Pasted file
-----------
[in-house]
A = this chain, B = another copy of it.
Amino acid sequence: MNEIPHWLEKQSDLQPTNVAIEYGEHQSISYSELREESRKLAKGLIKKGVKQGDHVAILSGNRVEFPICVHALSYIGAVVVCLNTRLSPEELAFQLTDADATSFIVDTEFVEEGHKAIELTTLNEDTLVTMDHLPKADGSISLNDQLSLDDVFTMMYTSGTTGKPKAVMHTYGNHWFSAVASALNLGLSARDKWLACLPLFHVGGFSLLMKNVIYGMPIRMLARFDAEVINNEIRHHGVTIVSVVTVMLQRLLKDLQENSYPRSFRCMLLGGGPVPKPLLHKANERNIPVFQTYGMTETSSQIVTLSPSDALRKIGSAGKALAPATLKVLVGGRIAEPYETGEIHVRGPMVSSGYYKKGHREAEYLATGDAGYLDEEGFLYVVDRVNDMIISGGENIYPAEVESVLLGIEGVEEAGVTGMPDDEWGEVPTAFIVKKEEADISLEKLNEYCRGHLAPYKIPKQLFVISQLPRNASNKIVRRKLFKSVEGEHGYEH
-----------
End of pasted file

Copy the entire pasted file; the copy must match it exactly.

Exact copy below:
[in-house]
A = this chain, B = another copy of it.
Amino acid sequence: MNEIPHWLEKQSDLQPTNVAIEYGEHQSISYSELREESRKLAKGLIKKGVKQGDHVAILSGNRVEFPICVHALSYIGAVVVCLNTRLSPEELAFQLTDADATSFIVDTEFVEEGHKAIELTTLNEDTLVTMDHLPKADGSISLNDQLSLDDVFTMMYTSGTTGKPKAVMHTYGNHWFSAVASALNLGLSARDKWLACLPLFHVGGFSLLMKNVIYGMPIRMLARFDAEVINNEIRHHGVTIVSVVTVMLQRLLKDLQENSYPRSFRCMLLGGGPVPKPLLHKANERNIPVFQTYGMTETSSQIVTLSPSDALRKIGSAGKALAPATLKVLVGGRIAEPYETGEIHVRGPMVSSGYYKKGHREAEYLATGDAGYLDEEGFLYVVDRVNDMIISGGENIYPAEVESVLLGIEGVEEAGVTGMPDDEWGEVPTAFIVKKEEADISLEKLNEYCRGHLAPYKIPKQLFVISQLPRNASNKIVRRKLFKSVEGEHGYEH